BAM Weblog

Roy - Type-classes and how they fix primitives

Brian McKenna — 2012-04-22

I’ve managed to hack together an initial version of type-classes in Roy. Here’s what’s compiling in master:

typeclass Monoid #a {
  append: Function(#a, #a, #a)
  empty: #a

instance stringMonoid = Monoid String {
  append: \x y -> x ++ y
  empty: ""

console.log (append (append "Hello!" empty) empty)

Which compiles into:

var stringMonoid = {
    "append": function(x, y) {
        return x + y;
    "empty": ""
console.log(stringMonoid.append(stringMonoid.append("Hello!", stringMonoid.empty), stringMonoid.empty));

I’m really excited about it because:

  1. Type-classes are very cool
  2. They’ve been surprisingly easy to implement
  3. They’re going to fix many problems in Roy

How are they going to fix problems in Roy?

At the moment there’s no built-in way to get a length of a String (yes, I know). This is because the String type is not implemented as a structural type. One obvious fix is to define a String like a structural type:

type String = {
  length: String
  indexOf: Function(String, Number)
  lastIndexOf: Function(String, Number)
  toLowerCase: String
  toUpperCase: String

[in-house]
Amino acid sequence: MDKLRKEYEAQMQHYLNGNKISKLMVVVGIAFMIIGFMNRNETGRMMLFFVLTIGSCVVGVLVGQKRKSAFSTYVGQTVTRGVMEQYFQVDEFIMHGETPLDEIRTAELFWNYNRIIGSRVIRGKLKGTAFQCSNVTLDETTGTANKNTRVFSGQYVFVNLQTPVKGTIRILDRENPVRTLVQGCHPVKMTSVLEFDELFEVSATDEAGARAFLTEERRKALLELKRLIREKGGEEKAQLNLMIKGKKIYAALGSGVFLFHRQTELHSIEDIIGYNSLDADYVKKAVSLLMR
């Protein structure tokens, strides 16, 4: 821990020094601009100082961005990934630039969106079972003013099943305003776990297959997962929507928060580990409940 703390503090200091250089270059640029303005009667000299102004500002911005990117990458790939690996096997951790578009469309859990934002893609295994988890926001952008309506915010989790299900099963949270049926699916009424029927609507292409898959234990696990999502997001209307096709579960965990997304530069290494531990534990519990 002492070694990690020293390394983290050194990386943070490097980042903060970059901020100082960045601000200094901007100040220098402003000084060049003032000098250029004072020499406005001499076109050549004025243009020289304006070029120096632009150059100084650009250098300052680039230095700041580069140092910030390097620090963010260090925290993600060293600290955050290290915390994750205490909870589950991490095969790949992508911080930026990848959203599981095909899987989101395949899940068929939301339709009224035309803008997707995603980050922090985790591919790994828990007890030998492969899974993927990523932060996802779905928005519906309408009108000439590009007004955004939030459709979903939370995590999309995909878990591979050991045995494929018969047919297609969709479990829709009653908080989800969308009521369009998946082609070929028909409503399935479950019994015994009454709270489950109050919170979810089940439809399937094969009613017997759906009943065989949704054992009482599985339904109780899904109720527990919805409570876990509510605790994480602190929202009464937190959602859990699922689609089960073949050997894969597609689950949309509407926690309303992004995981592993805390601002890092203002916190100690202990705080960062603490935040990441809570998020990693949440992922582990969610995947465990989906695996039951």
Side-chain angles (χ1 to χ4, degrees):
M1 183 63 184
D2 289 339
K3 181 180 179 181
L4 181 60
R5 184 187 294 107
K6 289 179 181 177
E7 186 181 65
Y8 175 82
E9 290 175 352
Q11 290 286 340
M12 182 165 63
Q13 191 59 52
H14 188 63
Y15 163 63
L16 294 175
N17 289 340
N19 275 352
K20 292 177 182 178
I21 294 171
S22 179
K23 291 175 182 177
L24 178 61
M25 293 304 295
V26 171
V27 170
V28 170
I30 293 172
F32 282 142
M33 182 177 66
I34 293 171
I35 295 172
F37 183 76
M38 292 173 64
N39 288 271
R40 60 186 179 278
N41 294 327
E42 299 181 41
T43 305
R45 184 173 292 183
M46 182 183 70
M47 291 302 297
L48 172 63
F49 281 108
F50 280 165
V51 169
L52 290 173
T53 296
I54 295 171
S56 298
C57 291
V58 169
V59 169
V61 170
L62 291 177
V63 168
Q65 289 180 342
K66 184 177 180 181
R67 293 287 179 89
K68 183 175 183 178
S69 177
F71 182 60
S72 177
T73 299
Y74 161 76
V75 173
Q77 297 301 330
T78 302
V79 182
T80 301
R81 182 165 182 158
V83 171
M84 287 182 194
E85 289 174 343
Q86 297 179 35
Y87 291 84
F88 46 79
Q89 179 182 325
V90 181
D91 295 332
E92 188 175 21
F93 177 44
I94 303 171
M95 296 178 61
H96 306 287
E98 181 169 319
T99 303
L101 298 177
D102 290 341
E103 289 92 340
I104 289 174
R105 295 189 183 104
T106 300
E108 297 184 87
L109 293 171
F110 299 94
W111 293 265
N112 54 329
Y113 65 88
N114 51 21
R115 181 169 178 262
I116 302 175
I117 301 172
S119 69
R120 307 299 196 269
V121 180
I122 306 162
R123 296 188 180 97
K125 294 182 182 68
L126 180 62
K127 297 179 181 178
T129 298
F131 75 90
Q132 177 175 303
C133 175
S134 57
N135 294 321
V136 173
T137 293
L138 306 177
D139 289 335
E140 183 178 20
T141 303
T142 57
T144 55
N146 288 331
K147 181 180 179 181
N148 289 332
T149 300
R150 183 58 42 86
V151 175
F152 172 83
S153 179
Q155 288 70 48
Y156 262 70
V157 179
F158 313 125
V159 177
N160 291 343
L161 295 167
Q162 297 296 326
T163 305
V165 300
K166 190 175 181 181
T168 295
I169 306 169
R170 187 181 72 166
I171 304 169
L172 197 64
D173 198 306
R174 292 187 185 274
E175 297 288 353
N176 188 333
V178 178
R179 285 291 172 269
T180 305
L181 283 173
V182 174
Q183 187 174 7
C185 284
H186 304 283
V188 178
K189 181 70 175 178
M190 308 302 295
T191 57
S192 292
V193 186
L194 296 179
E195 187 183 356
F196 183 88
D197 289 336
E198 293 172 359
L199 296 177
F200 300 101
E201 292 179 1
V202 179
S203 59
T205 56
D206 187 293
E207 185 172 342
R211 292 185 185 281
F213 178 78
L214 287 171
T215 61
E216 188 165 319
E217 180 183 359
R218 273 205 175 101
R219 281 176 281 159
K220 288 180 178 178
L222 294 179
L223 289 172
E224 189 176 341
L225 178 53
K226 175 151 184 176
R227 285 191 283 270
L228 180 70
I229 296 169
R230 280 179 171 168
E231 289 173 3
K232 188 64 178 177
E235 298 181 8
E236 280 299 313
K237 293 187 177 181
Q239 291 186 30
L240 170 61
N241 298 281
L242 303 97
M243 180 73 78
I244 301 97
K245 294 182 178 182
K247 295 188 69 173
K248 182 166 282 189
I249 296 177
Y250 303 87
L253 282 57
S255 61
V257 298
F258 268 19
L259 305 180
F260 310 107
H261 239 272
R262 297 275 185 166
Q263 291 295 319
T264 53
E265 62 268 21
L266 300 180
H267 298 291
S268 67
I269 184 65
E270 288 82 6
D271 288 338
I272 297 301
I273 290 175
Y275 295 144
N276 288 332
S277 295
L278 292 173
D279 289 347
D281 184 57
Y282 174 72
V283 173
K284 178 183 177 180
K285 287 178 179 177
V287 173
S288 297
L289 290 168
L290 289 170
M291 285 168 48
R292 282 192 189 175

But that causes a couple of problems:

  1. A String is not fully interchangable with a structural type - it has more information
  2. It’s not just a “structure” in JS - so not easy to extend without mutation
  3. What happens when we want to add ES6 support? Suddenly we have to change the compiler built-in String type to add something like startsWith

Here’s the type-class solution:

typeclass WithLength #a {
  length: Function(#a, Number)

instance stringWithLength = WithLength String {
  length: \s -> s.length

console.log (length "TEST")

This just compiles to:

var stringWithLength = {
    "length": function(s) {
        return s.length;

Easy. An obvious optimisation is to inline that stringWithLength.length function call.

Other things to get working are type-classes with function definitions:

let appendEmptyIsEmpty x = (append x empty) == empty

console.log (appendEmptyIsEmpty "TEST")

Which should become:

var appendEmptyIsEmpty = function(monoid, x) {
    return monoid.append(x, monoid.empty) == monoid.empty;

console.log(appendEmptyIsEmpty(stringMonoid, "TEST"));

I’ll be spending Atlassian’s 20% time on Roy. Expect more exciting things soon.

If you want to play with the master version of Roy, clone the repository from Bitbucket or GitHub.

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